Proximity to Kampala no longer key in determining residential locations, says Knight Frank 

The real estate sector has been growing stretching beyond the original seven hills of Kampala to include the broader areas of Wakiso, Mpigi, and Mukono. Photo / Edgar R Batte 

What you need to know:

  • Consumers are now willing to trade off residents in shorter travel distances with ones in far away locations if they are extensive and have better amenities

A report by Knight Frank has indicated that proximity to Kampala or the central business district as a major determinant of residential location, is no longer as critical as it used to be. 

This, the Kampala Next Neighborhoods report indicates, is due to a shift in consumer preferences, many of whom are now willing to find residence in locations faraway from Kampala -  where many of them work - in return for better properties that are built in well-structured communities and have access to various amenities.

“There is now a shift in consumer preferences, with many willing to trade shorter commutes for more extensive, modern properties with various amenities,” the report, which highlights different developments in the real estate sector within the 2023 first quarter, reads in part. 

It explores new or secondary neighborhood suburbs, among them Kyanja, Najeera, Naalya, Lubowa and Entebbe. It further notes that in the past decade, the real estate industry has grown significantly, stretching beyond the original seven hills of Kampala to include the broader areas of Wakiso, Mpigi, and Mukono. 

The growth, the report notes is being propelled by demographic, economic, and infrastructural factors as well as a rapidly expanding central business district, an increasing working population, and improved transportation networks.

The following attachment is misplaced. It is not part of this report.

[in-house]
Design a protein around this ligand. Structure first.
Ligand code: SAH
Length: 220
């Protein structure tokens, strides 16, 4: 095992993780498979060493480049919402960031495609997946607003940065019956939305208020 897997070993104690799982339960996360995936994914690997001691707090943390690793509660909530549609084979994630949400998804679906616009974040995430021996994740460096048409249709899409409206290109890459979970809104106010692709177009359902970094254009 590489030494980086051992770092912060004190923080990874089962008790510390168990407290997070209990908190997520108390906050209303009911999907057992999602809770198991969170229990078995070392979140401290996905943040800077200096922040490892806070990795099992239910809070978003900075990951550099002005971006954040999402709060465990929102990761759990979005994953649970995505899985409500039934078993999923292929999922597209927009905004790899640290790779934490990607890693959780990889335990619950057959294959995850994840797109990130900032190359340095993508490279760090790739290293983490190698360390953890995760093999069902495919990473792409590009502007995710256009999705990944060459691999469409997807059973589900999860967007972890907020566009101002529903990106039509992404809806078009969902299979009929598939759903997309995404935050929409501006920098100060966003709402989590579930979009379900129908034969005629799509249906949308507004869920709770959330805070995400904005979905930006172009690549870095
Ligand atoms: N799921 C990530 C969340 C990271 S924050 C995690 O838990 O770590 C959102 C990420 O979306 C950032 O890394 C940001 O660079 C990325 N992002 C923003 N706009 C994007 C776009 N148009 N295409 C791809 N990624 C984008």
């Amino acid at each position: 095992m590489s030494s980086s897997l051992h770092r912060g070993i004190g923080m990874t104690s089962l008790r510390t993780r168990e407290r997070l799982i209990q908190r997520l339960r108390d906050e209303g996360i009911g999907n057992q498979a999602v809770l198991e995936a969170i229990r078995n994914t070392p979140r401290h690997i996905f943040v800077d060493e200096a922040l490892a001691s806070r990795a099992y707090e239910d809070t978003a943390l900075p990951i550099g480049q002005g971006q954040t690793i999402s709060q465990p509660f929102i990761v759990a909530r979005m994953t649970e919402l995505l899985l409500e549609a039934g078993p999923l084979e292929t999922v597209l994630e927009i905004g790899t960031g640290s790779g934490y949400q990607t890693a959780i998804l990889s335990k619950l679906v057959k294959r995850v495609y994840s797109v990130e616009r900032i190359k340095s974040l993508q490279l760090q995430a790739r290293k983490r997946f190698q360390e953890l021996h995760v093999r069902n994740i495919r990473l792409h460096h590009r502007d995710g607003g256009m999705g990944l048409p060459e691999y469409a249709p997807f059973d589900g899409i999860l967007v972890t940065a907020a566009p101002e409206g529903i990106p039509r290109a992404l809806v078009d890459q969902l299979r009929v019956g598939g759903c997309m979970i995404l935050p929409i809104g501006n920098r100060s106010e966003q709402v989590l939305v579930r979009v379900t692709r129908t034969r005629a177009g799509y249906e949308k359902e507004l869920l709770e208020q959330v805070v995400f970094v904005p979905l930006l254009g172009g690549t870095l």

All the reviewed secondary suburbs, apart from Entebbe, which is about 36 kilometres out of Kampala, are located within an average of 11.8 kilometres out of the central business district.

The report also highlights a number of factors that are unique to the new or secondary suburbs with demographic composition and price of land being  the most outstanding. 

For instance, the report indicates that at least 77 percent of the households within such areas are below 30 years, while an acre of land in Kyanja costs an average of Shs1b and Shs900m in Najeera. 

In Naalya and Lubowa it costs an average of 1.25b and Shs1.17b, respectively, while in Entebbe, an acre goes for an average of Shs1.46b.

Among the reviewed suburbs, Najeera has the lowest rates in terms of rent with a one-bedroom unit going for an average of Shs600,000 per month. Two and three bedroom units, the report indicates, go for Shs850,000 and Shs1.2m, respectively.

Najeera is followed by Kyanja with rental properties going for Shs650,000, Shs1m and Shs1.3m for one, two and three bedroom units, respectively while Entebbe and Lubowa have the highest cost of rent with a one-bedroom rental going for an average of Shs1.8m and Shs1.46m, respectively.

The report also notes that whereas in the three suburbs of Kyanja, Nejeera and Naalya, transactions are largely conducted in shillings, in Entebbe and Lubowa, they are done in mixed denomination, where both shillings and dollars are accepted transaction currencies.

Outlook of new suburbs 

The report also notes that the new suburbs have  an emerging Airbnb industry, increased supply of housing units, affordable housing projects, shared living and tenants are usually mid-income, young marrieds and full nesters.